Sen. Raskin Presents Green Community Award at Gala Fri June 24

MD State Senator Jamie Raskin to present 2016 “Green  Community Award” Winners

Green Community Award winners to be recognized at GreenWheaton’s 5th year anniversary Gala.  Maryland State Senator Jamie Raskin will  present the award as GreenWheaton recognizes local citizens for their “green” efforts in the Wheaton community. For their support of Wheaton….

clean-&-safeGreenWheaton has recognized the dedicated efforts of the Wheaton Urban District’s Clean and Safe Team.  Joe Callaway and his team are being cited for their exceptional service and efforts in downtown Wheaton.
 

 

elizchaissonElizabeth Chaisson, a founding member of GreenWheaton has served as a founder, as the first president of the board and its first Executive Director, taking on many of the unglamorous but essential tasks of forming a new organization.  For her tireless and instrumental dedication to GreenWheaton and the Wheaton community she is being recognized.

VISIT THE DSCN1599 (2)PHOTO WINNERS EXHIBIT

Photography Exhibit capturing the beauty of nature in the Wheaton community sponsored in part by Joanne Miller Photography and the Montgomery County Arts & Humanities Council

Local Vendors, Food, Beer , Wine and More……..

Hollywood East Cafe
Green Plate Catering
The Limerick Pub
Los Chorros
Seoul Food DC
BeClaws
Java Nation
7 Locks Brewing
Knob Hall Winery

USE Code tasteofwheaton to save $15 off full ticket price


HOW CAN YOU HELP?

Help us continue our efforts and offer more educational outreach on the importance of living and working “green,”.  It is imperative that we raise funds at events like this annual fundraising gala.  Your contributions will be invaluable in these labors.  Listed below are many of the ways in which you can provide your assistance.

Exhibitors Participation:  We still have a few exhibitor tables available for vendors to exhibit their wares and products to an audience of like-minded people.  A table is only $200.  Vendors are encouraged to provide materials to be included in the free gift bags provided to the audience. Download the exhibitor application.

Sponsorship:   Download the sponsorship document which explains the value of each sponsorship level.

Donations:  We are in need of donations of food, items for our gift bags, greenery for decorations, items for raffle and door prizes as well as others services.  If you have other ideas how you can help we would love to talk!  Purchase an extra ticket and support one of the night’s volunteers.

Volunteer: Volunteers are always needed to help setup and breakdown, stuff gift bags as well as helping at registration or the bar.  Give us some time and we’ll discount your ticket.  Let us know at info@greenwheaton.org

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Early Bird Prices thru June 20

Celebrate 5 years of support to our Community and the Environment

Friday June 24, 2016

Brookside Gardens Visitors Center Reception Hall

1800 Glenallan Avenue Wheaton MD 20902

6PM to 9PM

Local Vendors, Food, Beer and Wine HollywoodEast

GreenPlateCatering

Sample other local favorites ….
The Limerick Pub
Los Chorros
Seoul Food DC
BeClaws
Java Nation
7 Locks Brewing
Knob Hall Winery

Act fast!  EARLY BIRD PRICE EXTENDED Friday June 20

www.greenwheatongala2016.eventbrite.com

Sponsorship and Exhibitor Information can be found here

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Talking about Free Trees at GreenDrinks

On Thursday, April 28, 2016 Evan Keto joined Green Wheaton at Hollywood East Café to explain Tree Montgomery, a local tree planting program.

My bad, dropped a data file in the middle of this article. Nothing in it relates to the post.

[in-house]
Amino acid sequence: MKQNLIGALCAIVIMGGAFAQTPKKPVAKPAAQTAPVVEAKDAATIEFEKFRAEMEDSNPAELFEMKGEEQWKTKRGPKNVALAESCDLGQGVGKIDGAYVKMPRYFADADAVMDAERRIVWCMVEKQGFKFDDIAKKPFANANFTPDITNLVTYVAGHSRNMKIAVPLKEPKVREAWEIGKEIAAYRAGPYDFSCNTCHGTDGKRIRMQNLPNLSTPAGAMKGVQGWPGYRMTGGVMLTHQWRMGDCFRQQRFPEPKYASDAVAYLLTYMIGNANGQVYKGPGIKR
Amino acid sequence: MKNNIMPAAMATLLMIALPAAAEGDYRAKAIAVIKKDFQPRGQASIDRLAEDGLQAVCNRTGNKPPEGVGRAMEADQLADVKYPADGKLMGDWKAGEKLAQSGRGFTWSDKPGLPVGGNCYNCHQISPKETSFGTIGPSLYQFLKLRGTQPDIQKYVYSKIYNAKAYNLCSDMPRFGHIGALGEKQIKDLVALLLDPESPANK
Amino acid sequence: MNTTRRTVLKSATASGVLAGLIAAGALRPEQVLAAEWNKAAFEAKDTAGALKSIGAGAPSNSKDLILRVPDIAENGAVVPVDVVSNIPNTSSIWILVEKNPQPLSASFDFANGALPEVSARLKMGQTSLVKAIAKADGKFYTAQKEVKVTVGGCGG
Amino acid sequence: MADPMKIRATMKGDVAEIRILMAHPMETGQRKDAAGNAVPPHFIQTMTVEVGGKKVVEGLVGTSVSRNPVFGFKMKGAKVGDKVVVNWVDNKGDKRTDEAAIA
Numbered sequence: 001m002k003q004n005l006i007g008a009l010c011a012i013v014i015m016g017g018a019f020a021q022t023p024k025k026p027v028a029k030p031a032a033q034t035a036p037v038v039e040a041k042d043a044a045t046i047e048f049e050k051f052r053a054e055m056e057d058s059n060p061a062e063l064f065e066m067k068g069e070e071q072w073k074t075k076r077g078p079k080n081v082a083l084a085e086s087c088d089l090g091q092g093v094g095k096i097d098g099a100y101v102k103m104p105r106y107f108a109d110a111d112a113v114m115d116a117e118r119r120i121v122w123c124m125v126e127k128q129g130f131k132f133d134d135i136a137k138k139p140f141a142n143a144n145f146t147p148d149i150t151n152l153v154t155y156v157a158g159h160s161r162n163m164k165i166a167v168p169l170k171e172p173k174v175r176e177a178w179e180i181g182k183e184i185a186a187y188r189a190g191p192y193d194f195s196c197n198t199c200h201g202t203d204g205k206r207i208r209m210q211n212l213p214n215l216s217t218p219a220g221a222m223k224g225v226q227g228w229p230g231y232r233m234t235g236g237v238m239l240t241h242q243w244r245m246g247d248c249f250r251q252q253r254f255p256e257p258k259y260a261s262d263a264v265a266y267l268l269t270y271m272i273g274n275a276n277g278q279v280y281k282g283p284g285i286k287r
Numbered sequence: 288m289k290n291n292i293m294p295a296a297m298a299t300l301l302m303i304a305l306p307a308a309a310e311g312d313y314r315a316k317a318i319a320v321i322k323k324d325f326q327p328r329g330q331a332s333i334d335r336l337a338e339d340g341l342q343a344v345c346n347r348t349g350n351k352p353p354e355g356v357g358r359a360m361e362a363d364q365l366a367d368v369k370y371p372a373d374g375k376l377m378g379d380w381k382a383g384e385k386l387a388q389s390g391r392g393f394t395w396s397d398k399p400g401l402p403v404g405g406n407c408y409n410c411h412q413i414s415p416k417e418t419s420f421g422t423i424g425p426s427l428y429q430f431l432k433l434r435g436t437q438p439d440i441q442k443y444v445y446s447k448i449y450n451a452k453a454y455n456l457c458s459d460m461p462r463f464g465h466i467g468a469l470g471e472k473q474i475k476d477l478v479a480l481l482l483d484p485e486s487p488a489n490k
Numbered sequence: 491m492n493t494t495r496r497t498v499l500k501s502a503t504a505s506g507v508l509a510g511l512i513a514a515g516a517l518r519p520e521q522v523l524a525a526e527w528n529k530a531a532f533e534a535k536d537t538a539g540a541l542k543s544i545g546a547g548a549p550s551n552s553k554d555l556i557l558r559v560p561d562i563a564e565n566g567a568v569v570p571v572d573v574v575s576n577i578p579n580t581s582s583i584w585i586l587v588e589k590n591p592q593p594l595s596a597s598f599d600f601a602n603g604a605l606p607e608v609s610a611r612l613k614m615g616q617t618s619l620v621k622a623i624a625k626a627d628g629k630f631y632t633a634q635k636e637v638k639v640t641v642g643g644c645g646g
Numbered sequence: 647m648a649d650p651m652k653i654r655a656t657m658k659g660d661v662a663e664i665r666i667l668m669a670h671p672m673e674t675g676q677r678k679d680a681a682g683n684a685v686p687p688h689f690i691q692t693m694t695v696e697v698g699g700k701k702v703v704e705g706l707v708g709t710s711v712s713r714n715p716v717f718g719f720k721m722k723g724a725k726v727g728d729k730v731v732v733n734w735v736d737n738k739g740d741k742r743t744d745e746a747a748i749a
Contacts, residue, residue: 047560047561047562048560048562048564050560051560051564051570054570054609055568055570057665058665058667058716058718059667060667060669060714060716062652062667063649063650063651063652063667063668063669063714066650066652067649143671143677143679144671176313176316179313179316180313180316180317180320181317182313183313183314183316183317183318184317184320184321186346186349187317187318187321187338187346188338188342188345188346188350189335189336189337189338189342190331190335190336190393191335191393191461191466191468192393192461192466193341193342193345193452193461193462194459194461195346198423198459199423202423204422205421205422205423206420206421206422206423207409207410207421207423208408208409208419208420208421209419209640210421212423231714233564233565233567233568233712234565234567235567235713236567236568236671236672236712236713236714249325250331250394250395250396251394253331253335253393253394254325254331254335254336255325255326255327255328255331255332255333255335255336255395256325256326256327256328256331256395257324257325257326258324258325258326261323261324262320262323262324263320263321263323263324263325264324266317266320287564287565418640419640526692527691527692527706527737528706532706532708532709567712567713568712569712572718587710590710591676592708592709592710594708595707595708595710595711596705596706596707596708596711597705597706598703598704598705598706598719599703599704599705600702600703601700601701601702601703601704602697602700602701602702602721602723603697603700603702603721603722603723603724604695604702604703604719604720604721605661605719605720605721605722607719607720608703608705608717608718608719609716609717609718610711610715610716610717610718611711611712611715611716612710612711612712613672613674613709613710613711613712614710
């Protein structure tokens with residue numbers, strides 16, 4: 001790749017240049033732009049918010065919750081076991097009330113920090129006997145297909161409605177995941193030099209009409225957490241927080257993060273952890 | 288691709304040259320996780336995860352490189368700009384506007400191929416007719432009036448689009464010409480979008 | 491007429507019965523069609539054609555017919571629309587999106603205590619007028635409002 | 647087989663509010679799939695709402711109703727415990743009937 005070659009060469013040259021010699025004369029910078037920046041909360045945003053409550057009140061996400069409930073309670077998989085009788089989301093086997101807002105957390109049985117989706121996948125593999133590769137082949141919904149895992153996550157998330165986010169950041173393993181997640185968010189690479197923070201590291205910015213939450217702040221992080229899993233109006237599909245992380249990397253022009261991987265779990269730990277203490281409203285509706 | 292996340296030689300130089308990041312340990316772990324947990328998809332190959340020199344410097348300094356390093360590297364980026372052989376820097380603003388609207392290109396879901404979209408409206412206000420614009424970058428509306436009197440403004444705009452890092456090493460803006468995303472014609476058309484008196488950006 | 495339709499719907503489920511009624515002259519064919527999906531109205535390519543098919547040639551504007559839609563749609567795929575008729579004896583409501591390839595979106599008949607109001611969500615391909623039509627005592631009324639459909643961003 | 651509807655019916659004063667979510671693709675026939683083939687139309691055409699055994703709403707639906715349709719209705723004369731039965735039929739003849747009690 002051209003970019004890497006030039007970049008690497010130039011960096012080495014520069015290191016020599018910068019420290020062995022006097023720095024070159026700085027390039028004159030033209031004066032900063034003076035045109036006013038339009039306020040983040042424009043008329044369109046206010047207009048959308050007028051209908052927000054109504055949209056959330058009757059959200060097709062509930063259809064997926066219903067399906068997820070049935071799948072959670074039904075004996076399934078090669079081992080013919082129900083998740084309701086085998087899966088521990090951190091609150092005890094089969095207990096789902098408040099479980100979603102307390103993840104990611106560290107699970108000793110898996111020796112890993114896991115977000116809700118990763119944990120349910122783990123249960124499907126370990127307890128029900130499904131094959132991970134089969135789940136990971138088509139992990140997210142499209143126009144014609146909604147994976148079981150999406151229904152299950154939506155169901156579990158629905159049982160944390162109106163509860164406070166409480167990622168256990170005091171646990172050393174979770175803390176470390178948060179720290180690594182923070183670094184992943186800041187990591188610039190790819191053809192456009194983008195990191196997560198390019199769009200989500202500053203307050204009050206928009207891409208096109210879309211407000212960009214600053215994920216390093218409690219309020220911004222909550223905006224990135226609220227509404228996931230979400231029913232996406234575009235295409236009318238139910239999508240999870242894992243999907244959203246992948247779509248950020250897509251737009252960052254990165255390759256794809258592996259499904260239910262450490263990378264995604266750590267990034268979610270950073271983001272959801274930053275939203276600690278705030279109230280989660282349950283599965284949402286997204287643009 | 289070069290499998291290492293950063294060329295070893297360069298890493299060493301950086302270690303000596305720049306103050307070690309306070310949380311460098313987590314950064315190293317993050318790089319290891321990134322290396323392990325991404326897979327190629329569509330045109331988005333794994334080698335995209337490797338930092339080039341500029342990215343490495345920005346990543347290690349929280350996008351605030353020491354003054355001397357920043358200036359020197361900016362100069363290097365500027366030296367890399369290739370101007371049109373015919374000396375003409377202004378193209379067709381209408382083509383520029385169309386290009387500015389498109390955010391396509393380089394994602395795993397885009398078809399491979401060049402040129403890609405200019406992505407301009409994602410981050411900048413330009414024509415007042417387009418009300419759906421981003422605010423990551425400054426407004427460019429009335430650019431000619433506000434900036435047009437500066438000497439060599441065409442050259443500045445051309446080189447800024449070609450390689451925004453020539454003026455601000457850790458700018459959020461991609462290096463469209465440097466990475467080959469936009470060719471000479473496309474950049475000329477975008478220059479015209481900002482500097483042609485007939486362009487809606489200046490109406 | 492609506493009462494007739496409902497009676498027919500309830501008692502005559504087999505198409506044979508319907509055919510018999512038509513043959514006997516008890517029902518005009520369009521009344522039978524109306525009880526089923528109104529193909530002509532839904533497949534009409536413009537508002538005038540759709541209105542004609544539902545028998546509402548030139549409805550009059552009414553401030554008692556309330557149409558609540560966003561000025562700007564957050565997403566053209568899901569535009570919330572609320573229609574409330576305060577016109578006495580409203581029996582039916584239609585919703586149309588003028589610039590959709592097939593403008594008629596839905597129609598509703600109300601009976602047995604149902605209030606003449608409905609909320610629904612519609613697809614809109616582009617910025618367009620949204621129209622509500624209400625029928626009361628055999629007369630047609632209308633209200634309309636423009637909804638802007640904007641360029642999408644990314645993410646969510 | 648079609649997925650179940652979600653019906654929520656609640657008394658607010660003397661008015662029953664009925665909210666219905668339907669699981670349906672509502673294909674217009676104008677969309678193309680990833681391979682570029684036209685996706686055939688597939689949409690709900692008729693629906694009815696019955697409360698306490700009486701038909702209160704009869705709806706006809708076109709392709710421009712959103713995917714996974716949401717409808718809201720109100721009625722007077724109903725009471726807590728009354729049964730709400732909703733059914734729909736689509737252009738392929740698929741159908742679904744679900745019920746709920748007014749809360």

Evan is an ISA-certified arborist and program manager for the Montgomery County Department of Environmental Protection. His team is searching for places to plant shade trees, especially in the yards of single family homes, parking lots, and multi-family communities here in the downcounty, where development has been intense and many mature trees have died or been cut down.

Upon resident request, Evan and his team make a visit to  consult with a homeowner about best placement and best species to plant. They will later return with the tree, plant it, and then (if desired) provide up to TWO YEARS of FREE aftercare including watering, mulching, weeding, and pruning.

Funding for the program comes from the county’s tree canopy law, which charges developers who cut trees from building sites.

Trees for this program are only planted between November and May, and there is currently a short waiting list for planting. Residents can schedule the consultation at anytime of year, however.

(Please note: This is a different program from the one that provides trees along roads throughout Montgomery County, MD; Tree Montgomery trees plants within the yard — not the right-of-way near sidewalks. Information about that program can be found on the Department of Transportation website.)

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Evan Keto is a certified arborist with Tree Montgomery.

If you weren’t able to join us that night and you want more info or want to request a tree for your yard, visit Tree Montgomery’s website: https://www.montgomerycountymd.gov/DEP/Tree/Tree-request.html#sthash.U3l3UCaK.dpuf

Evan also noted that two other programs are encouraging trees in our region:

Leaves for Neighborhoods offers a $40 coupon when you buy a tree with a retail value of $75 at participating nurseries

MD’s Department of Natural Resources also offers a $25 coupon for the purchase of one tree with a retail value of $50 or more at www.trees.maryland.gov.

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Its all about the trees.  Did you know  the Montgomery County Department of Protection (MCDEP)  has a program to plant Shade Trees for FREETREE MONTGOMERY  is looking for places to plant, especially in yards of single family homes, parking lots, and multi-family communities.

Keto pic

Evan Keto, Program Manager in the Montgomery County Department of Environmental Protection and ISA Certified Arborist, will join us to talk about the county’s Tree Montgomery program, and provide details for those who want to request FREE TREES for their yards. We’ll also have some info on how to take care of the trees you already have.